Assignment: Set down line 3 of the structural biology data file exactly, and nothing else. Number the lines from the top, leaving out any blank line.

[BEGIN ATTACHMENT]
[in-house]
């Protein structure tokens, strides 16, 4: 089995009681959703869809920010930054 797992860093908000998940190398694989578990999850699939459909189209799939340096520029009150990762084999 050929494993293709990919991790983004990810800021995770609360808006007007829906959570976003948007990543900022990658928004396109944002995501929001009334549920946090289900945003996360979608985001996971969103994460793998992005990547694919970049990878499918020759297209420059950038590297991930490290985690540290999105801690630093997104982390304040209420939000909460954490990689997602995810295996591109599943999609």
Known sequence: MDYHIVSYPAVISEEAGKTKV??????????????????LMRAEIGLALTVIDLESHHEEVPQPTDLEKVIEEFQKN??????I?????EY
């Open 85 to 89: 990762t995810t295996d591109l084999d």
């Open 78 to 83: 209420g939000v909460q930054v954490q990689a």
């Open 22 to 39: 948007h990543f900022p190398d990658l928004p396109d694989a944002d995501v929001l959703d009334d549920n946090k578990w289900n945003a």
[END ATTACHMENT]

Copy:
Known sequence: MDYHIVSYPAVISEEAGKTKV??????????????????LMRAEIGLALTVIDLESHHEEVPQPTDLEKVIEEFQKN??????I?????EY